Negative SEO Is Still Possible – Read How

I would dearly love to believe that so-called ‘negative SEO’ was not possible in this day and age of human editors, link checkers and auditors. Given my recent experience with a museum who were manually penalised, I can say ‘Negative SEO’ is alive, well and easily executed.

From thisseolife:

Proving Negative SEO Works Is Like


It all started when a museum launched a longer-than-average exhibition. They gave this exhibition its own domain and featured blogs from the curators. This was a significant enterprise for them and they worked quite hard on promoting it. My company gave them some support so we had a relationship with them and started helping ensure they could be found but we were not engaged to do SEO at this point or any sort of search support work. Everything was going along well until one day they were hacked.

The hack wasn’t too sophisticated so it was immediately visible that it had happened and they were able to flag it with their IT department. As these things go it was dealt with moderately quickly but the hack was up for awhile. Once resolved we went back to business as usual for them. Lurking in the background, unbeknownst to them or us, was a ticking time bomb.

Eventually we were contacted by them in a panic as they didn’t know what to do. They had dropped out of the rankings completely for their key terms (a phrase they invented). Upon examination we found they had dropped for their own brand term, their key terms and once we got Webmaster Tools access we found they had dropped for almost every key term and there was a message. They had received the dreaded “un-natural links” warning email. Disaster, but why?

Looking back over what they had done we could find nothing they have actively done which would explain the problem. They were a museum engaging in only the normal PR work – so what had caused the problem? Well, a few brilliant minds came together and one spotted it – the spammy links causing the manual penalty. Apparently once the hack happened, it caused a bunch of pharma links to be pointed at the museum site.

The weird thing was, those pharma links were irrelevant and should have been passing no value at all. So why did the museum, who were not selling anything like those links indicated, get a *manual* link penalty? The links were irrelevant and the anchor text was irrelevant so the links should have been passing no value.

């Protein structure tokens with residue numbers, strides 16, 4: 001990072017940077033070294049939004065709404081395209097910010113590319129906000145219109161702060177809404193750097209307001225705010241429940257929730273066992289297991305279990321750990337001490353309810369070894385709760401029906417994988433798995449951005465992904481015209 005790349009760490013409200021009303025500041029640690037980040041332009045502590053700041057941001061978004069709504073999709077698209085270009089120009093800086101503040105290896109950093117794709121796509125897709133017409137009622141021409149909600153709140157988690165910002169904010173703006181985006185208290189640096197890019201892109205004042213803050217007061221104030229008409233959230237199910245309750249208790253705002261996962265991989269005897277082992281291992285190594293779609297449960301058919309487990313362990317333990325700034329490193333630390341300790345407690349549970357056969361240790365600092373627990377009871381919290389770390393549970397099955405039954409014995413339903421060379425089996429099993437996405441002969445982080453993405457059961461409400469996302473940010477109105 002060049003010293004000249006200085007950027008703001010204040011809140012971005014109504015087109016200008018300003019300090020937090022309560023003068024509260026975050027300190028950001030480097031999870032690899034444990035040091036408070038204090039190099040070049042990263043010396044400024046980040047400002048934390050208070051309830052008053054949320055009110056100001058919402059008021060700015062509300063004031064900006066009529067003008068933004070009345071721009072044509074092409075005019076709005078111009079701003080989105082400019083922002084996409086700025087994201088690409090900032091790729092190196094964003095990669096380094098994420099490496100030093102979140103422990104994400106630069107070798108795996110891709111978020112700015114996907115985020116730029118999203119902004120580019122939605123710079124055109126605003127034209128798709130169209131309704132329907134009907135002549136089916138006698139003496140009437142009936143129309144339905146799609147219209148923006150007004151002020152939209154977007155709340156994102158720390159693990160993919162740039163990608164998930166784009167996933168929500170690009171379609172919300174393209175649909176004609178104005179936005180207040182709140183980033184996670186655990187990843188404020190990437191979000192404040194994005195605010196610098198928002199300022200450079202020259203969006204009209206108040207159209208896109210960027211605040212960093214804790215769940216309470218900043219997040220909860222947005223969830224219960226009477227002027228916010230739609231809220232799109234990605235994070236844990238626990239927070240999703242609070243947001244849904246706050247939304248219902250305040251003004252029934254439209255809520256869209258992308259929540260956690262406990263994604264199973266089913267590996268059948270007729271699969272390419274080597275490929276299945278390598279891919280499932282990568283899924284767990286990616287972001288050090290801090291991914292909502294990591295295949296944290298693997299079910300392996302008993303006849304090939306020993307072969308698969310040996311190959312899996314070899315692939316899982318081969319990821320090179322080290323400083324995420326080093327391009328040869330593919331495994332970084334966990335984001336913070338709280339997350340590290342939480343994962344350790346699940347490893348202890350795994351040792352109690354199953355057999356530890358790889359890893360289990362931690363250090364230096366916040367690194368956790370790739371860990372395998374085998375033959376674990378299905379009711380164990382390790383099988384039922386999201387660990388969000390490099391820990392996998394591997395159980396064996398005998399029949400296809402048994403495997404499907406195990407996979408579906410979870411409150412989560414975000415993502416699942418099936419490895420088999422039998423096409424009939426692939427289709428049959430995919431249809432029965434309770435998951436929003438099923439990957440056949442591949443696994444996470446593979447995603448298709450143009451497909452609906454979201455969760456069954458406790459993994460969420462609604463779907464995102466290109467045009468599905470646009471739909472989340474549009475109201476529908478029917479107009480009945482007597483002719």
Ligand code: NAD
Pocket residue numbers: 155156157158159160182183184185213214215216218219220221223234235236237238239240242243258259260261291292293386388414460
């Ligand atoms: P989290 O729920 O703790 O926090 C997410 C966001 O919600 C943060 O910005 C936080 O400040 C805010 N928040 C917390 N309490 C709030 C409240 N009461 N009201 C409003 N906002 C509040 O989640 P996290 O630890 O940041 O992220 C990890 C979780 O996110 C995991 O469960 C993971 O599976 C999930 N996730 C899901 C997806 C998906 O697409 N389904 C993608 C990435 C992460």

What we have is an excellent example of how ‘Negative SEO’ works.

Manual checkers aren’t using common sense to check the sites it seems. How a museum could have been mistaken for a site benefiting from pharma links is unknown to me but it did clearly demonstrate ‘Negative SEO’ was still possible.

It only worked for a short time – eventually Google saw the lack of wisdom in the decision and when we contacted them they removed the manual penalty. This seems to me to be a really effective seasonal ping – throw the spammy links at a site just before a major shopping holiday, rake it in as your competition disappears and voila, you’ve won.

What should you do if you think you’ve been hit? Firstly check Webmaster Tools. We got a note, you’re likely to as well if you got a penalty. Next, check your back links. You can check Majestic SEO on your own site, Google Webmaster Tools, SEOmoz, and a number of other tools. Look at the anchor text of your back links – this is super easy in SEOmoz, Majestic SEO and a few others. Look to see if there is anything untoward or suspect. You should *never* have more keyword links than brand links and your keyword links should be on the theme of your site. If there are spikes on the Majestic SEO graphs around the time just before you got your penalty it could be due to volume of acquisition and in that case you might not have gotten an alert. We didn’t when we accidentally tripped a volume flag. Just dig using free or paid tools and see what is going on.

Once you find the errant links, if they are irrelevant as these were, use a WHOIS lookup and use the email contact to request that the links be removed. If it like it did for us, they will all bounce or be ignored. Once done, use that spreadsheeted list of the bad URLs and include them in your reconsideration request, stating that not only did you clearly not build them but they were contacted to ask for removed and emails bounced or went unanswered. It, of course, helps to be able to email a Google engineer but hardly anyone can. The above should work without extraordinary intervention.

Negative SEO is still possible, poisonous links do still exist and you can still harm an irrelevant site with bad links despite attempts to do so not always succeeding.

Tags: linkbuilding